Jan Hendrik Weissenbruchartist • painter • watercolourist • draughtsmanDen Haag 1824-1903
biography of Hendrik Johannes 'J.H.' Weissenbruch
Portrait of Hendrik Johannes 'J.H.' Weissenbruch
Jan Hendrik Weissenbruch was born in The Hague in 1824. His family, which included painters, a lithographer and engravers, was considered artistic. His father also painted in his free time and collected paintings on a small scale by, among others, Andreas Schelfhout and Bart van Hove. That is why it seems likely that Weissenbruch, who showed artistic talent at a young age, spent apprenticeship in Van Hove's studio. In the following years, nature was close to The Hague, his field of work. The Dekkersduin in particular was one of his favorite spots for drawing and watercolor painting in the 1950s. He then moved into the polder, to the area around Boskoop and Gouda.
Known are the statements that Weissenbruch made about what he found important in nature. Light and air were the most decisive factors for a painting. They were his guideline for depicting atmosphere and space in a landscape from an early age and he dealt with this theme throughout his entire painting life. 'Painters can never look at the sky enough,' he once said. He also set out again for all species. 'When it storms and rains, when it thunders and lightning, I am in my element. You have to see nature in action. '(...)' When the showers cool down, a scribble is made with charcoal or black chalk to hold what you see. When working out, tone and color are automatically remembered. 'In Augsutus 1875 he discovered the pristine lake area around Nieuwkoop and Noorden. The landscape made a big impression on him. He would go there a lot afterwards, partly because he found the space and directness of nature now that his beloved places near The Hague were rapidly changing into new-build neighborhoods.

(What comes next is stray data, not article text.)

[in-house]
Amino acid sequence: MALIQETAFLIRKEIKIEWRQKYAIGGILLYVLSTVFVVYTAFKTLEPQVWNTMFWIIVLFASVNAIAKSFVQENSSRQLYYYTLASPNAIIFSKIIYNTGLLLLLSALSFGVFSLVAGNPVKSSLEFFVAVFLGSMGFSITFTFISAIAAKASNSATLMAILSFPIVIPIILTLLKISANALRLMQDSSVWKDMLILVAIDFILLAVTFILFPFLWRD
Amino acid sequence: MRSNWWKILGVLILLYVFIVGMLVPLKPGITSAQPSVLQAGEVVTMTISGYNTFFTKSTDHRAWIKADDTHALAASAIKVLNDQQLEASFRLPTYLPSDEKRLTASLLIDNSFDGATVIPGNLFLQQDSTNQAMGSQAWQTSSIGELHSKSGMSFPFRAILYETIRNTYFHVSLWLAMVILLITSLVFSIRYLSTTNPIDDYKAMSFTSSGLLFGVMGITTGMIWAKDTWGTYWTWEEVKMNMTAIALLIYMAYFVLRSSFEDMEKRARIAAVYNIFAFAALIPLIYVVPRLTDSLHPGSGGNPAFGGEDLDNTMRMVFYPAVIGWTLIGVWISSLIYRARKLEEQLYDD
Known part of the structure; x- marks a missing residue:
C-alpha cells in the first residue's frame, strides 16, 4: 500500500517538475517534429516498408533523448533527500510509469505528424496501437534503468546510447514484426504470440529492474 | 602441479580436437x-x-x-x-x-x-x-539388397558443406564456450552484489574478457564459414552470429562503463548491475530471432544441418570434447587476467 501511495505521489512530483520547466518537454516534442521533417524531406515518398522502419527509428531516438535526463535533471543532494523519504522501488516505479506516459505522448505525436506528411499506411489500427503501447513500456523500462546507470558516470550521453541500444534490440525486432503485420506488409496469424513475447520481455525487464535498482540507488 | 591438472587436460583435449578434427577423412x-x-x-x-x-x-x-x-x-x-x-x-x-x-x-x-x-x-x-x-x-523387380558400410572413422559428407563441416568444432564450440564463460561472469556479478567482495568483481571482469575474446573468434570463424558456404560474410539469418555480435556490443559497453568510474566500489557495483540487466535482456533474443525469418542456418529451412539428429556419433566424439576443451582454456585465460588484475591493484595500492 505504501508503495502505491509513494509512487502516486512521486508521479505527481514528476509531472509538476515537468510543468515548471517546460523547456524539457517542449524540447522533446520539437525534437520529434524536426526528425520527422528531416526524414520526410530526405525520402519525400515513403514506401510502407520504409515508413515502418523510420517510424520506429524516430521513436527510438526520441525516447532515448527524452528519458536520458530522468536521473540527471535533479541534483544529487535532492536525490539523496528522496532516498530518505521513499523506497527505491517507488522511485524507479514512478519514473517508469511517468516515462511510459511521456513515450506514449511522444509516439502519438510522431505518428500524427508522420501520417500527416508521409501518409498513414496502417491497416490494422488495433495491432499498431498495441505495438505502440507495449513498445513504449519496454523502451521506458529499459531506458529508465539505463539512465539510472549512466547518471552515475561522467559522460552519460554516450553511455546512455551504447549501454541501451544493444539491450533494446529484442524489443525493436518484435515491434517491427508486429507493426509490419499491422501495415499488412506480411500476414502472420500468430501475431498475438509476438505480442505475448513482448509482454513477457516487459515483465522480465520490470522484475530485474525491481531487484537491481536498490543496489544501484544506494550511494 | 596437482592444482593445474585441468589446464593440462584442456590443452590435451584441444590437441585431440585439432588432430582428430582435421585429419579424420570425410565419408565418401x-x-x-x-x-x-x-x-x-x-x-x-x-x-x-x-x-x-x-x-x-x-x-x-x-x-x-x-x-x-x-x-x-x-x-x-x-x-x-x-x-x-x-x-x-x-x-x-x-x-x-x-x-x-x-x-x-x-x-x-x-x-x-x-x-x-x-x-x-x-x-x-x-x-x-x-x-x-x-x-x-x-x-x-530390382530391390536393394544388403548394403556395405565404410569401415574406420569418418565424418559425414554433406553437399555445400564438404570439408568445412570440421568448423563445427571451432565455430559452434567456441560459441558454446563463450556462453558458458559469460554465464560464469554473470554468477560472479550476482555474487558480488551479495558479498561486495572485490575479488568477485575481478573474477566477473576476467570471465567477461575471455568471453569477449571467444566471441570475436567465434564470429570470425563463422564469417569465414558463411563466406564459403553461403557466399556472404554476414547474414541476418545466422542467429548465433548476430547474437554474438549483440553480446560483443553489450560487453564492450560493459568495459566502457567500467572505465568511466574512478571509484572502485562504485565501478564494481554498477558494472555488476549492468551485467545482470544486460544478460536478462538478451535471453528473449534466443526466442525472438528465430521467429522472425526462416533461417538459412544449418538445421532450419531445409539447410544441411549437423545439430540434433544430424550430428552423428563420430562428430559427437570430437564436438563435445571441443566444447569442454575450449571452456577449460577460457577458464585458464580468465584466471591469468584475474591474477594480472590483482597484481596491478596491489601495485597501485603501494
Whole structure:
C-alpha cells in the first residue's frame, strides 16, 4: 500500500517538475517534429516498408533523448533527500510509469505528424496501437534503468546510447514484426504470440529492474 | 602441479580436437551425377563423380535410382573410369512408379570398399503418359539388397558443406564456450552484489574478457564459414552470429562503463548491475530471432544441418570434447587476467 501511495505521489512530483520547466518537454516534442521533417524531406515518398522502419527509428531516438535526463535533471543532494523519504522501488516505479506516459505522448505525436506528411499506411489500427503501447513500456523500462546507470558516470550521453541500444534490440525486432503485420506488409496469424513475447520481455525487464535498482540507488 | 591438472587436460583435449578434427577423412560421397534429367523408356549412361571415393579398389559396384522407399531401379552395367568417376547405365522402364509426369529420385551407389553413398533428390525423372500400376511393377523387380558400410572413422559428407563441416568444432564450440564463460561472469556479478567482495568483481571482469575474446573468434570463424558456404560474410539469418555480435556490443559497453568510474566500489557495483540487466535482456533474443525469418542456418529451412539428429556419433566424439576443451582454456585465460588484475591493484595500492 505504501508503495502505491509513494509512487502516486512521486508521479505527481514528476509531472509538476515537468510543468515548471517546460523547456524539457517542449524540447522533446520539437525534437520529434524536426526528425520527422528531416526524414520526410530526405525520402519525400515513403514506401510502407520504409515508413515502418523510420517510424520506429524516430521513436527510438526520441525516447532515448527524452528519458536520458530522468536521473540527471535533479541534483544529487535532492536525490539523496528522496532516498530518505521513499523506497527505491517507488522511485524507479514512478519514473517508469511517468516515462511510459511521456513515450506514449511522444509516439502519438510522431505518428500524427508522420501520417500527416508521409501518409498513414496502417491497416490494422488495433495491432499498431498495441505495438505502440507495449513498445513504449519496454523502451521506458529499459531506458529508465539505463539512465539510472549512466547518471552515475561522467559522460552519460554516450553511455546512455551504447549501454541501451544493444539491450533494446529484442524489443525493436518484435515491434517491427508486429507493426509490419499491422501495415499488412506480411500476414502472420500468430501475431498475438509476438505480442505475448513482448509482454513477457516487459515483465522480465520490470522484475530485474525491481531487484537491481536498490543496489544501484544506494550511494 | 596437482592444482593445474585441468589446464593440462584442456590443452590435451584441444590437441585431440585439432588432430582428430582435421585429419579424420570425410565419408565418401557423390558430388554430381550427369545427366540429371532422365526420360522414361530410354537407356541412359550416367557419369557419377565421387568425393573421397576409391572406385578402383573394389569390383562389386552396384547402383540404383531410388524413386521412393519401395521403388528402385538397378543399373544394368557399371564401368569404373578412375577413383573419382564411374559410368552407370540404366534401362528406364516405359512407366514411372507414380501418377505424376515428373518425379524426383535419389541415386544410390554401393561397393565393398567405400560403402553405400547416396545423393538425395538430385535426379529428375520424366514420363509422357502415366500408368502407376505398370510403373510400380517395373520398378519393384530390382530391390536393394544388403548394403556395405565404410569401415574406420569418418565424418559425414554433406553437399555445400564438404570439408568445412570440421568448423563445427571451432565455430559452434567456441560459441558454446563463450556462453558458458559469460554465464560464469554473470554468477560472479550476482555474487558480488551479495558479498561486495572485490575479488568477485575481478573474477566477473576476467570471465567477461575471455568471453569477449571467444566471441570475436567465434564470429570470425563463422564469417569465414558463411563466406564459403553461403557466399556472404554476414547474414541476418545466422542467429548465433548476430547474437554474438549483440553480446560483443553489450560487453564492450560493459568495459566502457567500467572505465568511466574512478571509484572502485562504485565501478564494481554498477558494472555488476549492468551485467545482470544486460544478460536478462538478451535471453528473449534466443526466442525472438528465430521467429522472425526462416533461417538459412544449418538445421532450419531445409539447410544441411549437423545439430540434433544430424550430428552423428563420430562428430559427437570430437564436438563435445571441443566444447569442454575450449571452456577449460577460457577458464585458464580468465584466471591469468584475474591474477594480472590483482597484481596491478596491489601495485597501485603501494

Just like Anton Mauve, he began to paint more freely and loosely in the course of his career, making the essence of the landscape even more striking than in a detailed painting. This is also well reflected in his watercolors. For Weissenbruch, the watercolor technique was pre-eminently the medium to display the solid Dutch cloud skies or the atmospheric hues in a water-rich and damp landscape. He achieved great success both at home and abroad. Only late in his life, in 1900, did he make a trip to the French Barbizon. Possibly as a kind of tribute to the painters with whom the new depiction of nature had begun. He died three years later.